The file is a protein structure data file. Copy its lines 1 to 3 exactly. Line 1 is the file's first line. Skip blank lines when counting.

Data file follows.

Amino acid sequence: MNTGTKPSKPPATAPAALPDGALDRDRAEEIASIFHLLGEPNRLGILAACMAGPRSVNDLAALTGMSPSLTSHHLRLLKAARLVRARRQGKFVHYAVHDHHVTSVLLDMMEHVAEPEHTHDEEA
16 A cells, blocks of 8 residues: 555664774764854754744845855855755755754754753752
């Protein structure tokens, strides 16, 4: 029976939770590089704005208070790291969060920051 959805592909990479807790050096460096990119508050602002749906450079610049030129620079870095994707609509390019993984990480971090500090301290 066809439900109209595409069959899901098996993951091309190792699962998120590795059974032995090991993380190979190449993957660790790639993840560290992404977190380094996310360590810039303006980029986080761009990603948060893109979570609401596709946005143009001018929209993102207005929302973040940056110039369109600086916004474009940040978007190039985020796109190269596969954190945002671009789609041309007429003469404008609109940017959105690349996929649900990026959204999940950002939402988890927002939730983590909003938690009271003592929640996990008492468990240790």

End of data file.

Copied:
Amino acid sequence: MNTGTKPSKPPATAPAALPDGALDRDRAEEIASIFHLLGEPNRLGILAACMAGPRSVNDLAALTGMSPSLTSHHLRLLKAARLVRARRQGKFVHYAVHDHHVTSVLLDMMEHVAEPEHTHDEEA
16 A cells, blocks of 8 residues: 555664774764854754744845855855755755754754753752
């Protein structure tokens, strides 16, 4: 029976939770590089704005208070790291969060920051 959805592909990479807790050096460096990119508050602002749906450079610049030129620079870095994707609509390019993984990480971090500090301290 066809439900109209595409069959899901098996993951091309190792699962998120590795059974032995090991993380190979190449993957660790790639993840560290992404977190380094996310360590810039303006980029986080761009990603948060893109979570609401596709946005143009001018929209993102207005929302973040940056110039369109600086916004474009940040978007190039985020796109190269596969954190945002671009789609041309007429003469404008609109940017959105690349996929649900990026959204999940950002939402988890927002939730983590909003938690009271003592929640996990008492468990240790």